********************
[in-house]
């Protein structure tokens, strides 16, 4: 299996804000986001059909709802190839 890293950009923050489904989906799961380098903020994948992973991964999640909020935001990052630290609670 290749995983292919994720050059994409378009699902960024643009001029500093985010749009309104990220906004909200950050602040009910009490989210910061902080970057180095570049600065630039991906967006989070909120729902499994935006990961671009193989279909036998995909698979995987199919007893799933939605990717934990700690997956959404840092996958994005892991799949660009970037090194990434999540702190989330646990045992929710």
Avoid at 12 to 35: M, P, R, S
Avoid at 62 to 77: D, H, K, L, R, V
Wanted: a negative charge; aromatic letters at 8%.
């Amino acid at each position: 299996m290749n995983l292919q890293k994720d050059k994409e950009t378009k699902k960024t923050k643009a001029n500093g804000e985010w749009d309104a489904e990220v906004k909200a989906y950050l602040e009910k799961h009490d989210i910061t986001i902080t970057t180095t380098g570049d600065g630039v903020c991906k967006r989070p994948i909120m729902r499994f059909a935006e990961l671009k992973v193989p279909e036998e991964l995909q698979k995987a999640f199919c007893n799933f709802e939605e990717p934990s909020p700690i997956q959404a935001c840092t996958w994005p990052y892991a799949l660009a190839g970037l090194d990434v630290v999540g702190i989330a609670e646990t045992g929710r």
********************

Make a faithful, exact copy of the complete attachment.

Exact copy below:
[in-house]
């Protein structure tokens, strides 16, 4: 299996804000986001059909709802190839 890293950009923050489904989906799961380098903020994948992973991964999640909020935001990052630290609670 290749995983292919994720050059994409378009699902960024643009001029500093985010749009309104990220906004909200950050602040009910009490989210910061902080970057180095570049600065630039991906967006989070909120729902499994935006990961671009193989279909036998995909698979995987199919007893799933939605990717934990700690997956959404840092996958994005892991799949660009970037090194990434999540702190989330646990045992929710």
Avoid at 12 to 35: M, P, R, S
Avoid at 62 to 77: D, H, K, L, R, V
Wanted: a negative charge; aromatic letters at 8%.
């Amino acid at each position: 299996m290749n995983l292919q890293k994720d050059k994409e950009t378009k699902k960024t923050k643009a001029n500093g804000e985010w749009d309104a489904e990220v906004k909200a989906y950050l602040e009910k799961h009490d989210i910061t986001i902080t970057t180095t380098g570049d600065g630039v903020c991906k967006r989070p994948i909120m729902r499994f059909a935006e990961l671009k992973v193989p279909e036998e991964l995909q698979k995987a999640f199919c007893n799933f709802e939605e990717p934990s909020p700690i997956q959404a935001c840092t996958w994005p990052y892991a799949l660009a190839g970037l090194d990434v630290v999540g702190i989330a609670e646990t045992g929710r």